Johnson Family Story
We knew we had God on our side and we never gave up on our faith.
In the warmth of mid-summer, with a five-room house to call her own, the winter Kiara* spent in her vehicle with her husband and four children is still vivid in her mind. Recalling those days is painful, but only makes her more aware of the unconditional love, support and encouragement her family found at the Pathway Home shelter program.
Kiara’s husband, Will, ran his own construction business for several years, until the weak economy forced him to shut it down and work for other contractors.
“We couldn’t keep up with the bills,” Kiara admitted. The family was evicted from the home in Kentwood they had built memories in for seven years. After months of living out of their van and calling various agencies, they found the help they needed.
“We called the Salvation Army and they put us in touch with Pathway Home at Mel Trotter,” Kiara told us. When they arrived, Kiara was surprised to find that hers was one of many families experiencing homelessness. “It was quite eye-opening for me.”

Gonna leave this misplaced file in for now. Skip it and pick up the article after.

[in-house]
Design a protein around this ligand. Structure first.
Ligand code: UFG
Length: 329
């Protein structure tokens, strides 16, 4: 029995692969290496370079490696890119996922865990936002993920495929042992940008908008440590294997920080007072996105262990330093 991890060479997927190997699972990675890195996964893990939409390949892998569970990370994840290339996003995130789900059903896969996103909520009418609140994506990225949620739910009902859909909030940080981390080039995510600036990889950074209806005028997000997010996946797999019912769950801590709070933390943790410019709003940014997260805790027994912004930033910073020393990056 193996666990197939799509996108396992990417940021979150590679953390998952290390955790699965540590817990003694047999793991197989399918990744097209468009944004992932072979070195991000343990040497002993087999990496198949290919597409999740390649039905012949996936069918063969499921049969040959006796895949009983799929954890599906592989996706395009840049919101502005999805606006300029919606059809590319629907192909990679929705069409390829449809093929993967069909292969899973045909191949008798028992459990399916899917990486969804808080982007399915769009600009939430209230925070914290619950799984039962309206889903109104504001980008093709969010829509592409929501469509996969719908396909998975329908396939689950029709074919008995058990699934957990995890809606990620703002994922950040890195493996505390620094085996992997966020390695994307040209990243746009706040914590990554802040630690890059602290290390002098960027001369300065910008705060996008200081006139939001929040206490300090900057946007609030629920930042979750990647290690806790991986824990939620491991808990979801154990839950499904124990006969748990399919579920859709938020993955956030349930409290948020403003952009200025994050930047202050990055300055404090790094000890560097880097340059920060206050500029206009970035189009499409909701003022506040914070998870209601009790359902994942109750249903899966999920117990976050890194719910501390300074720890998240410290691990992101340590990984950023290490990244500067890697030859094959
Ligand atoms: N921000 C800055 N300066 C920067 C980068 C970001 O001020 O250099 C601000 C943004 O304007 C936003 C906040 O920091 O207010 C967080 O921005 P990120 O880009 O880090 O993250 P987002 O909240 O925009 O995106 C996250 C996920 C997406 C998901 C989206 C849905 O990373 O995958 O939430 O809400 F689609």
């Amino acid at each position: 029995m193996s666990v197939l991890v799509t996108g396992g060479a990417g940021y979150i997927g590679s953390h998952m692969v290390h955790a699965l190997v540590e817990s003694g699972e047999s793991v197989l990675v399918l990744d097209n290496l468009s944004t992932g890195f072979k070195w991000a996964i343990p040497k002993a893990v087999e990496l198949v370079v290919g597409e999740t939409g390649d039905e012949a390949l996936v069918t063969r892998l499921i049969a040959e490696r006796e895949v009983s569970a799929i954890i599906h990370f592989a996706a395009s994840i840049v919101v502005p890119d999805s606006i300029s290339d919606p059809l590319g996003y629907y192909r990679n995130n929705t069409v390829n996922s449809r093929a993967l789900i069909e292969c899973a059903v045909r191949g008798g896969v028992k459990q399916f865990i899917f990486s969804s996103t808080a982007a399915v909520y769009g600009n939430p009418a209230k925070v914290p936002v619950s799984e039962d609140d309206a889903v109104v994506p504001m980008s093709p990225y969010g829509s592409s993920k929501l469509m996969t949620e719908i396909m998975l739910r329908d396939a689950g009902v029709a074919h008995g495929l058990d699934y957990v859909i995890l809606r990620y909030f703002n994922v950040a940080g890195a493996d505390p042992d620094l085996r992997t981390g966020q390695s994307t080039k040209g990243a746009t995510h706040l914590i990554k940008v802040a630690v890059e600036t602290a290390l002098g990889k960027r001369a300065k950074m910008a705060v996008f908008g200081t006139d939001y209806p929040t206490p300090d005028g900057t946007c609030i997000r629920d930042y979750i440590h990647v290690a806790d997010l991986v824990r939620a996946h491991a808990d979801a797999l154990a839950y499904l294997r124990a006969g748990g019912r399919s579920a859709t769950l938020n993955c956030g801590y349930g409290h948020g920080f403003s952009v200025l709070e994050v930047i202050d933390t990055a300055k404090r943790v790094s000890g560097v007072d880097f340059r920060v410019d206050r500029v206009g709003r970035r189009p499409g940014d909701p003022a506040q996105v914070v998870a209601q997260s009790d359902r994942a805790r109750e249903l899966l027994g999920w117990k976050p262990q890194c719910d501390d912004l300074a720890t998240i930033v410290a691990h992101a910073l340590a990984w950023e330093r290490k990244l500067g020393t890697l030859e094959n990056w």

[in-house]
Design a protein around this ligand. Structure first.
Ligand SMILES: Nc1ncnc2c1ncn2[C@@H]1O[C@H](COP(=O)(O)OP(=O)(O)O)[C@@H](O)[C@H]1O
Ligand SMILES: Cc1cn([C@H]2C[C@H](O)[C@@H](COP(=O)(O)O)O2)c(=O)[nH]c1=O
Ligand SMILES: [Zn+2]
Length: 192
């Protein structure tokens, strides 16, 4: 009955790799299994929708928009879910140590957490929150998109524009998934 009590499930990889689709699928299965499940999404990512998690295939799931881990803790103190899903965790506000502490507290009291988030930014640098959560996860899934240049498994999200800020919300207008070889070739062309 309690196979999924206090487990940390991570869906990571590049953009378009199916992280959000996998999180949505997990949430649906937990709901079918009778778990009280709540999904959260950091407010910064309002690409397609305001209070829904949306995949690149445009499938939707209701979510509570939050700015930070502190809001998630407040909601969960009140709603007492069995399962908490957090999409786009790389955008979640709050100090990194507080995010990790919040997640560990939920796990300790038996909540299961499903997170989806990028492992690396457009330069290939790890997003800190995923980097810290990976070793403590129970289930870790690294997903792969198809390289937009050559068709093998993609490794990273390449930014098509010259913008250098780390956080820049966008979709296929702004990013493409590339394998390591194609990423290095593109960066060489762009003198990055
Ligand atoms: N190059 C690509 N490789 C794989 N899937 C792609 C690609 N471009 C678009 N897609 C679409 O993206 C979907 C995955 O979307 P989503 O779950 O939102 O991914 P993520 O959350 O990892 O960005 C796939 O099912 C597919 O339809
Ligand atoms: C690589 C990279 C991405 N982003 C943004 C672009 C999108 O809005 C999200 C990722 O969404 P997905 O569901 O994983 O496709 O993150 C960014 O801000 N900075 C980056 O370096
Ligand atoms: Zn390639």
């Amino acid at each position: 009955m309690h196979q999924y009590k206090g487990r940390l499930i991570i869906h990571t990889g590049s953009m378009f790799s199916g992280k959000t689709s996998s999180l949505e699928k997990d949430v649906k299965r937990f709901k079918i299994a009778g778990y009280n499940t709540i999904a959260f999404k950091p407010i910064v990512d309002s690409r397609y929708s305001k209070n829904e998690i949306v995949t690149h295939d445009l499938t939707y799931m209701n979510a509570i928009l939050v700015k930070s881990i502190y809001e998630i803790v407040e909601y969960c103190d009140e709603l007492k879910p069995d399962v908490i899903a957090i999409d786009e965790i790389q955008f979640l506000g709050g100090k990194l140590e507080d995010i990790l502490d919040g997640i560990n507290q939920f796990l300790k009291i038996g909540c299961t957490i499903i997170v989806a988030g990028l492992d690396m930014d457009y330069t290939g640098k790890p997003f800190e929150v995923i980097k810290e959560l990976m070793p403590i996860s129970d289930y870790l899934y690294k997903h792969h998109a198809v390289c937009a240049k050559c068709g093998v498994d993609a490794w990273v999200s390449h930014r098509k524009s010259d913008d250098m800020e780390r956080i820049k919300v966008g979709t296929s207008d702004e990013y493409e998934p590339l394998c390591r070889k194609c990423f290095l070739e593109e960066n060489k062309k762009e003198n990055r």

Right away, the Johnson family was put on a track to find housing. “They helped us fill out the application. They gave us housing leads. They helped with credit.”
In the meantime, Kiara’s husband continued to work and their four children, ages 3 to 14, were well cared for. “It was fun,” Kiara’s son Anthony chimed in. “Almost every day after dinner, we went outside to play basketball.” The children enjoyed outings, reading books from our Kid’s Korner library and even helping out in the kitchen, cleaning and making cookies.
Anthony shared the family’s key to adjusting to the big changes in their lives: “We knew we had God on our side and we never gave up on our faith.” Kiara added that prayer got them through the toughest times. “I just wanted my kids to stay positive, continue to grow and keep to their schedules.”
Kiara's prayers for her family were answered when they were placed in their new home. Looking ahead, Kiara plans to finish her education in medical coding so she can help with expenses and keep her family’s new life on track. Kiara offered some advice for other struggling families. “Don’t be too proud to ask for help. You have to be willing to do whatever you have to do to get out of the situation—and think positive.”
*Names have been changed for privacy and the family is not pictured.